HARRISBURG (June 28, 2019) Legislation introduced by Sen. Michele Brooks to attack the heroin and opioid crisis and crack down on the abuse of Suboxone (buprenorphine) — a treatment drug that contains an opioid — has passed the Senate.
“In the past few years, we have read many unsettling news stories pertaining to fraud and the illegal handling of the treatment drug Suboxone, which contains the opioid buprenorphine and naloxone,” Brooks said. “Suboxone has been sold and re-sold on the black market and has even become the drug of choice for some who are struggling with addiction. By having improved oversight on prescribing, and providing safeguards that patients using the drug are in treatment, we can ensure this drug is actually being used to treat an addiction, not feed one.”
“When used properly and as part of a treatment program, Suboxone can be a tool for treating addiction in some patients, but ignoring fraud and abuse does not help those struggling with addiction or their families, and it can put others in danger,” Brooks said.
She cited several recent instances of abuse. A State Trooper in Huntingdon lost his life when a criminal traded his Suboxone for a firearm. A child in Scranton was seriously injured when he ingested a strip of Suboxone hidden in a Dora the Explorer book. In Pittsburgh, the founder and staff of an opioid treatment facility pleaded guilty to health care fraud after submitting claims to Medicaid and Medicare to cover the costs of unlawfully prescribed drugs. And in Philadelphia, a doctor admitted to submitting illegal prescriptions for more than 18,000 doses of buprenorphine, netting him $5 million through these illegal sales.
Doctors who are allowed under federal law to prescribe Suboxone can prescribe for 30 patients, but over time, can increase that limit to up to 275 patients.
“Senate Bill 675 will better monitor office-based buprenorphine settings by requiring that they be certified by the Department of Drug and Alcohol Programs (DDAP) and that clinics ensure that patients participate in a treatment program, in conjunction with their buprenorphine,” Brooks said.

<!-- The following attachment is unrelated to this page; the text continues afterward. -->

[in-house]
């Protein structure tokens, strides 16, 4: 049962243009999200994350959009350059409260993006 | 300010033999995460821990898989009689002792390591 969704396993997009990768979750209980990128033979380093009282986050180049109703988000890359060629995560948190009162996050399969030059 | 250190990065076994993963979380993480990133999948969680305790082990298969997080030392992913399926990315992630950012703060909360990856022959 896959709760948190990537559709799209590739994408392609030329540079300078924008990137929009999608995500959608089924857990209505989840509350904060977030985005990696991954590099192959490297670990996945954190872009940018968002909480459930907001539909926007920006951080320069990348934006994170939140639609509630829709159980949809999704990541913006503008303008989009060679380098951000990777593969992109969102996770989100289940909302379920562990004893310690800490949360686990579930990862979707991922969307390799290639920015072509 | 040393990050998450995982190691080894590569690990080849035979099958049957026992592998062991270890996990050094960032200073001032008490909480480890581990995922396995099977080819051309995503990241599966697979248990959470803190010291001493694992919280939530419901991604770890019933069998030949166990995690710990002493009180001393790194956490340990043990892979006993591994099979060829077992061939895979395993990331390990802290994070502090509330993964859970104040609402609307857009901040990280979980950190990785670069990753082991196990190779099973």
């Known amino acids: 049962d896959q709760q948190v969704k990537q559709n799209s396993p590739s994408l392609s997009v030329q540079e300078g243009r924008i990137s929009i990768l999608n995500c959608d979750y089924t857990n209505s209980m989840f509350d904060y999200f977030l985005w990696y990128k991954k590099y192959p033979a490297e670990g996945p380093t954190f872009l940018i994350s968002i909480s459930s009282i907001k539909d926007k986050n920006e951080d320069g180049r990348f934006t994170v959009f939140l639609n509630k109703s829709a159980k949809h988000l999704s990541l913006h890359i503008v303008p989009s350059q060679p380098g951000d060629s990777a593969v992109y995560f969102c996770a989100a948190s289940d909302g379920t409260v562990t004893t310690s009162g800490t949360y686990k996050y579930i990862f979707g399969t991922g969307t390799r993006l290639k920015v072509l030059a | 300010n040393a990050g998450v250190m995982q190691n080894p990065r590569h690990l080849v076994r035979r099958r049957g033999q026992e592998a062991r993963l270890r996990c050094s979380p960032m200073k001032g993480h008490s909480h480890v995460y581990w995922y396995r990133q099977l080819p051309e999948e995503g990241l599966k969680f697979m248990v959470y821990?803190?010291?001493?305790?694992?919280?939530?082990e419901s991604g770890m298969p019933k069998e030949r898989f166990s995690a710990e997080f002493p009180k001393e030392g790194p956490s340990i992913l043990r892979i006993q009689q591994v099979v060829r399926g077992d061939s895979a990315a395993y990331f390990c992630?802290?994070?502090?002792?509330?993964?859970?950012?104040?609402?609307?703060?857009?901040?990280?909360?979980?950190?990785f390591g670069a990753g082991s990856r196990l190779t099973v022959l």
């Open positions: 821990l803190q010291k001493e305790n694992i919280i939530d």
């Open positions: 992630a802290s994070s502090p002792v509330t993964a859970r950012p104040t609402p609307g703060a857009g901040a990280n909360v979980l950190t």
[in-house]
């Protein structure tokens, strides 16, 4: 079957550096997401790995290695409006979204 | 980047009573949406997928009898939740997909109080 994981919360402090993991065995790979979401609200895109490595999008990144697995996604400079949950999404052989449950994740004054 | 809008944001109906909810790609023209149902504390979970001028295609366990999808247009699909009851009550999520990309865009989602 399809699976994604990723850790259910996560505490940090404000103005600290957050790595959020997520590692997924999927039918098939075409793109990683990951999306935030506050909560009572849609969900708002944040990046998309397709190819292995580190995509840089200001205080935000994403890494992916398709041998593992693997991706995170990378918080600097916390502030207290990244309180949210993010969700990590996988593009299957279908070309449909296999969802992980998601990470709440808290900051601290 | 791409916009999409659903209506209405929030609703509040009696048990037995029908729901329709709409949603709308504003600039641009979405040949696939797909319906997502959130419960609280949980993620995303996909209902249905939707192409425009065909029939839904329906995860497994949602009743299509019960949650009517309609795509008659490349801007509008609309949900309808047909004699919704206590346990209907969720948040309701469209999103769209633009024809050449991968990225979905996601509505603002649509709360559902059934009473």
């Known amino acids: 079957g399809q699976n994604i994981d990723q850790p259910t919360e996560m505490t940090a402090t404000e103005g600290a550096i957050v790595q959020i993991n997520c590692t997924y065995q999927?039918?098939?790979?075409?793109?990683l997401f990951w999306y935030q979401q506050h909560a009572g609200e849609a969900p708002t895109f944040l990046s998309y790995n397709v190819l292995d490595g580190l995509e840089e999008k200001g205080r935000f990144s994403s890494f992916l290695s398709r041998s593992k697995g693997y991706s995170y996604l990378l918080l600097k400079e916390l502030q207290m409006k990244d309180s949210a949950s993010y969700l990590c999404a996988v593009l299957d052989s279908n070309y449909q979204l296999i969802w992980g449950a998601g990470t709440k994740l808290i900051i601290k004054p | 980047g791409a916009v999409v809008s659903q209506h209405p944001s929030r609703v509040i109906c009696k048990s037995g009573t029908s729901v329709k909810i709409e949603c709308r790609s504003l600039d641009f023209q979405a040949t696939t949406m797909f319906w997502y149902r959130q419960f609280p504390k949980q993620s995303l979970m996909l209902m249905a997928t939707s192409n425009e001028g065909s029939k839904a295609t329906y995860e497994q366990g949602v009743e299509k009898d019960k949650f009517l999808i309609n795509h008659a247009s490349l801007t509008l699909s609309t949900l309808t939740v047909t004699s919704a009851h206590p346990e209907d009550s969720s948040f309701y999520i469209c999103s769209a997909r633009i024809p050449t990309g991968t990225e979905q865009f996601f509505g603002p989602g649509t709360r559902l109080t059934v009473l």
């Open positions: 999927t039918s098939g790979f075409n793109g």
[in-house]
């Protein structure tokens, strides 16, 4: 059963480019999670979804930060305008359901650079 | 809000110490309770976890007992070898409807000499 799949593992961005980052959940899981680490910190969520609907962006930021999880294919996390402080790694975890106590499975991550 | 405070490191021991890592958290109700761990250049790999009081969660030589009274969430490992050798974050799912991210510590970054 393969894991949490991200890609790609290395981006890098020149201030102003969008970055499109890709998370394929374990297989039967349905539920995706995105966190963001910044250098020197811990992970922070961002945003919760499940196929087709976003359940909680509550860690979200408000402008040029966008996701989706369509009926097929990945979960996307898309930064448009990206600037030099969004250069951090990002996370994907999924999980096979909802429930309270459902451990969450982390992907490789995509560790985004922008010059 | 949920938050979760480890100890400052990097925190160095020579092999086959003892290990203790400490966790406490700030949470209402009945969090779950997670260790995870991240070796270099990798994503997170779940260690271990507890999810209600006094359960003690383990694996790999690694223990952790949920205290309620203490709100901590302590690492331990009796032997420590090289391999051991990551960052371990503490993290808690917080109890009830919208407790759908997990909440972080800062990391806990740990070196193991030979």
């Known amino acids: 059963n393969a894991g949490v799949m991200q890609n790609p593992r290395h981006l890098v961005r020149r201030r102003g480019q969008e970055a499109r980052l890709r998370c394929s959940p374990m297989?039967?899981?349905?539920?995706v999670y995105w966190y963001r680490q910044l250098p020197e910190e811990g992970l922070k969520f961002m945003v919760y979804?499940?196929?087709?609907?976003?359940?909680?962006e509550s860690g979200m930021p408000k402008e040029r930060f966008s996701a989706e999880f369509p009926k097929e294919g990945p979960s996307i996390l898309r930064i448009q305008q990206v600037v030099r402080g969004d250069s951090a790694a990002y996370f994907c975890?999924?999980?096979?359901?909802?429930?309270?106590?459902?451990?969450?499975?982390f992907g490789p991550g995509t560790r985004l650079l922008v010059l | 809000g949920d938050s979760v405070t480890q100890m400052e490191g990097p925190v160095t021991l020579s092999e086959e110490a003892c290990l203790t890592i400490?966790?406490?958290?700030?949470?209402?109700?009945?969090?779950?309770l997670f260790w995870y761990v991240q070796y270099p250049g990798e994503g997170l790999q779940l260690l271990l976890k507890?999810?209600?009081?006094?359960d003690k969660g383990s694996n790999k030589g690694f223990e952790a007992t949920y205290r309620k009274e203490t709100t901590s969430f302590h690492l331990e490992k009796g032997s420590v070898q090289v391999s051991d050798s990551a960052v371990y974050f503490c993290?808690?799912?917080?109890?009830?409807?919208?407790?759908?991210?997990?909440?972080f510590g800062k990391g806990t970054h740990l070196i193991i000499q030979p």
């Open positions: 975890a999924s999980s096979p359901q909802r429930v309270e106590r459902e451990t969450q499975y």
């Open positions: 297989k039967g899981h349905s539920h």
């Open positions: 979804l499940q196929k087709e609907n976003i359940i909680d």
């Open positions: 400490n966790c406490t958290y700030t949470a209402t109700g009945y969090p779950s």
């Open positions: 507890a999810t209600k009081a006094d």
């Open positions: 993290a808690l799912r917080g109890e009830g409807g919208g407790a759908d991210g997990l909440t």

Brooks added that the maker of Suboxone, Indivior, was recently charged with fraud and conspiracy by the U.S. Department of Justice. The company falsely maintained that Suboxone was less likely to be abused than generic alternatives. There are also growing concerns that Suboxone is more addictive than previously thought.
Calls for better safeguards surrounding Suboxone emerged in 2017, when Auditor General Gene DePasquale recommended that Pennsylvania undertake better monitoring of physicians and their prescribing practices because of the high potential for diversion among patients. Calling for additional licensing, DePasquale said patients should be given buprenorphine in a safe, well-controlled environment to ensure these dispensing facilities are legitimate treatment sites, and not “pill mills.”
Brooks’ bill requires the state’s Department of Drugs and Alcohol (DDAP) to create a program to certify prescribers of buprenorphine, and to ensure that prescribers have their patients actively participate in a treatment program.
Other states, including Massachusetts and West Virginia, have put additional regulations in place on buprenorphine.
Citing a report by the Substance Abuse and Mental Health Services Administration, or SAMHSA, Brooks said, “In only five years, between 2005 and 2010, the number of emergency room visits linked to buprenorphine has increased almost 10 times. In some cases, a substance hailed as a ‘solution’ has fueled the disease.”
Senate Bill 675 has now been sent to the House for that chamber’s consideration.
Contact: Diane McNaughton (717) 787-1322